When Mauricio Macri was elected president of Argentina in 2015, one of his first acts was to abolish capital controls that restricted buying and selling of the peso. The move symbolized Argentina’s pivot back to open markets and liberal economic reforms under his rule. On September 1st, after weeks of market turmoil, Mr Macri was forced to issue a decree re-imposing controls in an attempt to shore up the currency. From now on ordinary Argentines’ purchases of dollars will be capped at $10,000 a month. Companies will face restrictions on their ability to purchase dollars in the foreign-exchange market and to pay dividends to investors abroad.
Following days of market chaos in the wake of the vote (the August 11 primary vote that went to Peronist rival Alberto Fernandez (no relation to former president Cristina Fernandez de Kirchner)), Mr Macri’s government bowed to the inevitable last week and asked creditors for more time to pay back Argentina’s $101bn of foreign debt, including the IMF money, as Buenos Aires struggled to avoid the country’s ninth sovereign default — and the third this century. Currency controls were imposed on businesses on Sunday after it lost an estimated $3bn in reserves in just two days last week.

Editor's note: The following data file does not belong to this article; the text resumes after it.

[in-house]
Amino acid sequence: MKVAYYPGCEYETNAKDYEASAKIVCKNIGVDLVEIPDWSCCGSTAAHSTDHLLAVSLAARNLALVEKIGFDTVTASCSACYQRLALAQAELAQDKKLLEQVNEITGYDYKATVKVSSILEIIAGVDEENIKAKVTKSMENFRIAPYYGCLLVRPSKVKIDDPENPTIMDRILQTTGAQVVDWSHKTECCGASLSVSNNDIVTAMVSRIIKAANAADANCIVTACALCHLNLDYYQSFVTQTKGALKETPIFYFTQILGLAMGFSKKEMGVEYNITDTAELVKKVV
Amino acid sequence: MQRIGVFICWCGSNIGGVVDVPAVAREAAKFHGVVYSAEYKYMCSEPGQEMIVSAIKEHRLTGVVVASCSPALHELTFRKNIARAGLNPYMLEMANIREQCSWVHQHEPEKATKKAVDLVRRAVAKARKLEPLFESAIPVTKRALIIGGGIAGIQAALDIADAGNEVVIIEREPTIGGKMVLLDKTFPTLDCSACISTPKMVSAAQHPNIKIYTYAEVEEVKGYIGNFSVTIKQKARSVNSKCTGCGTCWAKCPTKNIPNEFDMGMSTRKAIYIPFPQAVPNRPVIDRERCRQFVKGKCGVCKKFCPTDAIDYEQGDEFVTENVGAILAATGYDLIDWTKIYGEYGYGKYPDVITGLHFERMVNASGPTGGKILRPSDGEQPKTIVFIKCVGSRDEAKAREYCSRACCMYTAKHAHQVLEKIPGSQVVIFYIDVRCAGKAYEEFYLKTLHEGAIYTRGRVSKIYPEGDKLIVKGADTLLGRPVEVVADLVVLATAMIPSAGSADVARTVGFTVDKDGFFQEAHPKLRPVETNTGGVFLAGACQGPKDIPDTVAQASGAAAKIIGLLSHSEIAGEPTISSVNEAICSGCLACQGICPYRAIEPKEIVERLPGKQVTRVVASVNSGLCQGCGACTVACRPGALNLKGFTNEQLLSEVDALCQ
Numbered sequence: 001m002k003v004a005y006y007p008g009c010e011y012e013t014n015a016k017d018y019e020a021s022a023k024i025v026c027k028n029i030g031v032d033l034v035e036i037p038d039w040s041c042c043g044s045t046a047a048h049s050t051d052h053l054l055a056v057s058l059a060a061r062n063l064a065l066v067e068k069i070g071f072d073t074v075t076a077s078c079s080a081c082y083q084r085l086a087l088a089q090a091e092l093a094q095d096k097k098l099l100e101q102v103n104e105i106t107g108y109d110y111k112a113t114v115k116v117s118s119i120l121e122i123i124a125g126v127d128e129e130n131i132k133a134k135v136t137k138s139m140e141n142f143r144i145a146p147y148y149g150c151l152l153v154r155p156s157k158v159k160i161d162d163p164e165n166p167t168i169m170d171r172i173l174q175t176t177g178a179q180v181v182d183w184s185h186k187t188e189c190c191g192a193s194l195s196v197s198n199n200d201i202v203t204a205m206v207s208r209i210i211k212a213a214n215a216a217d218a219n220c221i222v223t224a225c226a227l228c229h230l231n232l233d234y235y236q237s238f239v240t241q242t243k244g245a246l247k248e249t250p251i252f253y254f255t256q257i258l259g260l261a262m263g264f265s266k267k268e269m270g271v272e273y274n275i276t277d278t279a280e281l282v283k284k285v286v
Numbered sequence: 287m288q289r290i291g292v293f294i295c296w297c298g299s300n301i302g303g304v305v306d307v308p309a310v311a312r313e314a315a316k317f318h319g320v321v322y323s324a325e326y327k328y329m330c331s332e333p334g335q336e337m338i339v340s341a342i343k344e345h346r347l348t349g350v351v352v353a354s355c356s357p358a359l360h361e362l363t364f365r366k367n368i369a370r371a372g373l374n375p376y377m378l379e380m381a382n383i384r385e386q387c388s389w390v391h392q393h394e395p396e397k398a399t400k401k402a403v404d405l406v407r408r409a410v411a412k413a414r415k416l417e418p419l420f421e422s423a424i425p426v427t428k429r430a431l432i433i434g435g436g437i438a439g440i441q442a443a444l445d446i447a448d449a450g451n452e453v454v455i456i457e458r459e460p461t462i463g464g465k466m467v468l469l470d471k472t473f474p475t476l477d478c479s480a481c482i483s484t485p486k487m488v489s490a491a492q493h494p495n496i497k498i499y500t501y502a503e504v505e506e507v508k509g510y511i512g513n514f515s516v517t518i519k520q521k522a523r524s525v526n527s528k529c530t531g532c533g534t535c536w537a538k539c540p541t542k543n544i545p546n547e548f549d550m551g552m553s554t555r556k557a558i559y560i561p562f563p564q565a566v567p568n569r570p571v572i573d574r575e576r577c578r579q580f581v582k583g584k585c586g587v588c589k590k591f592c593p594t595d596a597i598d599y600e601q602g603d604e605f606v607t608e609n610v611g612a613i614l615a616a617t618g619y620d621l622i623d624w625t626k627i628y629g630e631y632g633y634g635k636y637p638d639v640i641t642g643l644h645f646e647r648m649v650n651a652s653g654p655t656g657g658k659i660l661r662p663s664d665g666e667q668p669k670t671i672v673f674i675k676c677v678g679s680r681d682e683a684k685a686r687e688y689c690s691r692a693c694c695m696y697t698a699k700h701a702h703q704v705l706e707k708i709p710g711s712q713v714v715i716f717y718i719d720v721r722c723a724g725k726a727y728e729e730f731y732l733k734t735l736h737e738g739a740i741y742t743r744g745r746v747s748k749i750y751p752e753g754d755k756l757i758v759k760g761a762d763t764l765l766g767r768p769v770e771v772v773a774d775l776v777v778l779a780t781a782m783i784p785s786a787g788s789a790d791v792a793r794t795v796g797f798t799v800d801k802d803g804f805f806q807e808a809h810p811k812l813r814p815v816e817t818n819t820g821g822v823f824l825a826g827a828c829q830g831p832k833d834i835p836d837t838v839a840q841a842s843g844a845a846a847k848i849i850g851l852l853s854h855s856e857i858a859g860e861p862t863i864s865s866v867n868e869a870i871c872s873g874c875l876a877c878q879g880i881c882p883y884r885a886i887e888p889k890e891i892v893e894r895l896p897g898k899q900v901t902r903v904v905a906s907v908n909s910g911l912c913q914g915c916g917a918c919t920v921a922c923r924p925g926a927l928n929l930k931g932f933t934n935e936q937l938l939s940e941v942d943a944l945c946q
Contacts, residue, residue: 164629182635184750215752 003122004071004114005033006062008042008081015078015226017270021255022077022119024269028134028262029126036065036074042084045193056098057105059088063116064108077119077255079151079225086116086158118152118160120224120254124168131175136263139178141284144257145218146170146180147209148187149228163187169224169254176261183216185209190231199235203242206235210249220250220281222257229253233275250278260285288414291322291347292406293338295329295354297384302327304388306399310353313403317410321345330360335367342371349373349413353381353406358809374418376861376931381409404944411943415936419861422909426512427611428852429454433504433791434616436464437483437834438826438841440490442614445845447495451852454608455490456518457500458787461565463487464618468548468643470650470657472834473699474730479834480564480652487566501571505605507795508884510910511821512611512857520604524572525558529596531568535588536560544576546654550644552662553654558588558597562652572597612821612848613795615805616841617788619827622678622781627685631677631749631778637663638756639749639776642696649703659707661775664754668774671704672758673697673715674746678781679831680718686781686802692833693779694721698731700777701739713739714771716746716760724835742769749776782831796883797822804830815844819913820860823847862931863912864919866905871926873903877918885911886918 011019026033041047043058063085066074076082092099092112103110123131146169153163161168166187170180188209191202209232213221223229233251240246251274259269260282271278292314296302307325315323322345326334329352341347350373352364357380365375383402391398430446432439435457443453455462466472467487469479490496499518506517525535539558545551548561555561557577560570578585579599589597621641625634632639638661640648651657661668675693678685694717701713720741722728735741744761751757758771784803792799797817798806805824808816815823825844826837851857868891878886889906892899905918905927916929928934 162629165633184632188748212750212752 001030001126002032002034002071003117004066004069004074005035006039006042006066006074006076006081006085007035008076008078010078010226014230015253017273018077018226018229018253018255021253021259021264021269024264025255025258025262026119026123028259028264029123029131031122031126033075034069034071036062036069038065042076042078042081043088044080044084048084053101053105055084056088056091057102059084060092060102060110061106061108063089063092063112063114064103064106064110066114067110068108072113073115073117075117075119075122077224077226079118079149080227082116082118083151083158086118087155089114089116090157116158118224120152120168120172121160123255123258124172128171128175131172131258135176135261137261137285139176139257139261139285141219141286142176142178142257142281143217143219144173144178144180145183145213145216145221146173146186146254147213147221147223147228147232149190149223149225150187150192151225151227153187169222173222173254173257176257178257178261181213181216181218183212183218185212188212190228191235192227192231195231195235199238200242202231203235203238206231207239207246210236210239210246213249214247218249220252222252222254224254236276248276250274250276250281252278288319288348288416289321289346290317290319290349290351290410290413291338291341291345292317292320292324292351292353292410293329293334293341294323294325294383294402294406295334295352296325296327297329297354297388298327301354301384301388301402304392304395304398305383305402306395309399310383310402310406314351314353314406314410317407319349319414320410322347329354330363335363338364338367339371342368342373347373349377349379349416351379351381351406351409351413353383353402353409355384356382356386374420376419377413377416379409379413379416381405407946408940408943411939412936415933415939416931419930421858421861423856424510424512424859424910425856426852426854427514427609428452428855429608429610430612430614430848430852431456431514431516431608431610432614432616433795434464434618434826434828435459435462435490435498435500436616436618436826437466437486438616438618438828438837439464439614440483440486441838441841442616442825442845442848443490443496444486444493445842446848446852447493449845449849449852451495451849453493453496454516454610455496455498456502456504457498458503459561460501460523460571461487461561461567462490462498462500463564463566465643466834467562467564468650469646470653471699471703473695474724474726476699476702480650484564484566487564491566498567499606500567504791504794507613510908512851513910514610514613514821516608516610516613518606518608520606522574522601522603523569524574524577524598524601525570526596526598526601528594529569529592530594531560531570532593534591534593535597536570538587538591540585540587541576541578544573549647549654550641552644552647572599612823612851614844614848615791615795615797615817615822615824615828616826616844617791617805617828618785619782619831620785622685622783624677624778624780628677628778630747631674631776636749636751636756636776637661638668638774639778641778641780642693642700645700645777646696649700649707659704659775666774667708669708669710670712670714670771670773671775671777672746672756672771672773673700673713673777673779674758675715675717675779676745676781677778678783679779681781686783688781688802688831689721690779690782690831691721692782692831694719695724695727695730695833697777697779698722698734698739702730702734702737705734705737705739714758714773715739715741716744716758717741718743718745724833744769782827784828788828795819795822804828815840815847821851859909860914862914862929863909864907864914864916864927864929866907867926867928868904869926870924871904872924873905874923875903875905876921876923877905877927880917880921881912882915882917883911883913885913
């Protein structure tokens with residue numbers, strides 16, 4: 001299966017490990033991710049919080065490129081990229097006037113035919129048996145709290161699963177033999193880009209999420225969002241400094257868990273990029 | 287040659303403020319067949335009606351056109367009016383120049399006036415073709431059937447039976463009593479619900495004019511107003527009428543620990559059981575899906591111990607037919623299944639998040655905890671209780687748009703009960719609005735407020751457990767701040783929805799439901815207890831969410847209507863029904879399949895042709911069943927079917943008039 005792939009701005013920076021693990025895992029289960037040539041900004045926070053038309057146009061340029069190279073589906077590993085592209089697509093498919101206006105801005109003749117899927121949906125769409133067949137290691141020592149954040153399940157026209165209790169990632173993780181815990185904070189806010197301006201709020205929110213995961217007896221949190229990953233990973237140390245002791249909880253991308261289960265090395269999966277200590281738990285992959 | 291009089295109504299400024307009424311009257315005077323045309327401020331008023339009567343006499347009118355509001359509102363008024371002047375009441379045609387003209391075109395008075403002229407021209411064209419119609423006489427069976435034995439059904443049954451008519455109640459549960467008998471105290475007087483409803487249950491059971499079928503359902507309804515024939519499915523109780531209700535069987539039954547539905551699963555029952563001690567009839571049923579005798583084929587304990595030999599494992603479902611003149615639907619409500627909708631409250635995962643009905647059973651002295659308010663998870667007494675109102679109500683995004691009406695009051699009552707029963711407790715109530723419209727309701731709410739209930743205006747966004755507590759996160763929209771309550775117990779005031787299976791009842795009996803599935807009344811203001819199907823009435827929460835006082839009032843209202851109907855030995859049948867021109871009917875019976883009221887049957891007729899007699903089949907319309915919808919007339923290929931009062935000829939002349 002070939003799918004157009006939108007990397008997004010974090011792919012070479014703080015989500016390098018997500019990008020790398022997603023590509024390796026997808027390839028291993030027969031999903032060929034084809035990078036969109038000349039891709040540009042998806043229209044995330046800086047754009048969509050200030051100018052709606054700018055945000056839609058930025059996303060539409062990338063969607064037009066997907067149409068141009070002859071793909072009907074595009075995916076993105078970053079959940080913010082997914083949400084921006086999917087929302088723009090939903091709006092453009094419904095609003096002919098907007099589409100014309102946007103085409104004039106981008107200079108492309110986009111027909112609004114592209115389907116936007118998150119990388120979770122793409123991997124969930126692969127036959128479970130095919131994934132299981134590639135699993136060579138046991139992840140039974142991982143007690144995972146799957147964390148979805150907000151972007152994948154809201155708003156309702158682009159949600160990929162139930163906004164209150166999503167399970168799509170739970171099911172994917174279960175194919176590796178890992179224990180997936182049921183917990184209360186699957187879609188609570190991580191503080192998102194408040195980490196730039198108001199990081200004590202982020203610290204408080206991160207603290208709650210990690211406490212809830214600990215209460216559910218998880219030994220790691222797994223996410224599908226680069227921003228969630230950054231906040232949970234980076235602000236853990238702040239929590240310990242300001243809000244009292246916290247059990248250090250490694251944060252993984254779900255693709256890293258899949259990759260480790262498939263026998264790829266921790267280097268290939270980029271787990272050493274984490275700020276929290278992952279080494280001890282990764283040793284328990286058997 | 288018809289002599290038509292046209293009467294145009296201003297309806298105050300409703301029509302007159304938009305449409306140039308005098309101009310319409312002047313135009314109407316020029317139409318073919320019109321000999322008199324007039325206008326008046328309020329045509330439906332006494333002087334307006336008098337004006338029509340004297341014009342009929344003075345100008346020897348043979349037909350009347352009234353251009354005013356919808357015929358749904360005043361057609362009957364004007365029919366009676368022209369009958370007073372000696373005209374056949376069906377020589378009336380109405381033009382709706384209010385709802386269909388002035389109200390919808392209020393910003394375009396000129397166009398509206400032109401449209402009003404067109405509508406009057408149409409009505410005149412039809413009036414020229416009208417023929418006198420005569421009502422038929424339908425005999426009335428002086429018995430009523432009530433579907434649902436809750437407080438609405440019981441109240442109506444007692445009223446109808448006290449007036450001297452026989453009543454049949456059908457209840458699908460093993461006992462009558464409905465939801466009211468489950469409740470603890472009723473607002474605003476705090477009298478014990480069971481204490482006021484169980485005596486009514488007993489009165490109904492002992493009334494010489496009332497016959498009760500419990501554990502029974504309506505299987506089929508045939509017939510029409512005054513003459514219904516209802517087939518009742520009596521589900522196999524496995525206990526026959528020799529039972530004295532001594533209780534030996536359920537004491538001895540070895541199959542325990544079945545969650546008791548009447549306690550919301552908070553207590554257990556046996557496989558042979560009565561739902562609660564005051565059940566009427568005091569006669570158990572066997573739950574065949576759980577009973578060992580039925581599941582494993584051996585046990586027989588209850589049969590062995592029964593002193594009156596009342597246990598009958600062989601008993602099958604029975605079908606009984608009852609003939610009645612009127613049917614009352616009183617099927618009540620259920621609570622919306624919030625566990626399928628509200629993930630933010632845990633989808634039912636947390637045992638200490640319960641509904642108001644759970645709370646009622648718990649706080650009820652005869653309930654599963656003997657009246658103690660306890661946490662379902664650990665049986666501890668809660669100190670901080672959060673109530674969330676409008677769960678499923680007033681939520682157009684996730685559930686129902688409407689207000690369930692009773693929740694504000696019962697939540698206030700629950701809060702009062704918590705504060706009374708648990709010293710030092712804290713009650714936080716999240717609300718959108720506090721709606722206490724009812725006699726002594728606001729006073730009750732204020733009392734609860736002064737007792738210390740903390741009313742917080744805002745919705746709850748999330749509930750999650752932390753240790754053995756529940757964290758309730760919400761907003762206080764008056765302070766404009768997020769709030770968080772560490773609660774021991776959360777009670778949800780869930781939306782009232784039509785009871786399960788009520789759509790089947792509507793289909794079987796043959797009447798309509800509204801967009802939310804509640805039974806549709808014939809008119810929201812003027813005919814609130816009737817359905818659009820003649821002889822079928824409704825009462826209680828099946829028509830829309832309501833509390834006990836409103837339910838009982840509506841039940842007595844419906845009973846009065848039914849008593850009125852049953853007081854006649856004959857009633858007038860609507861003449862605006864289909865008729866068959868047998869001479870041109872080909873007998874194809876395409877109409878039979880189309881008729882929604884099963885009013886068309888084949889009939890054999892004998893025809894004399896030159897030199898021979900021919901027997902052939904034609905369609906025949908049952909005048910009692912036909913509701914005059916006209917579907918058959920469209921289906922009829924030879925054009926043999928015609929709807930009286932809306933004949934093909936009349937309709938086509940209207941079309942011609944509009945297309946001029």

Thirty percent of all investment-grade securities now bear sub-zero yields, meaning that investors who acquire the debt and hold it to maturity are guaranteed to make a loss. Yet buyers are still piling in, seeking to benefit from further increases in bond prices and favorable cross-currency hedging rates—or at least to avoid greater losses elsewhere.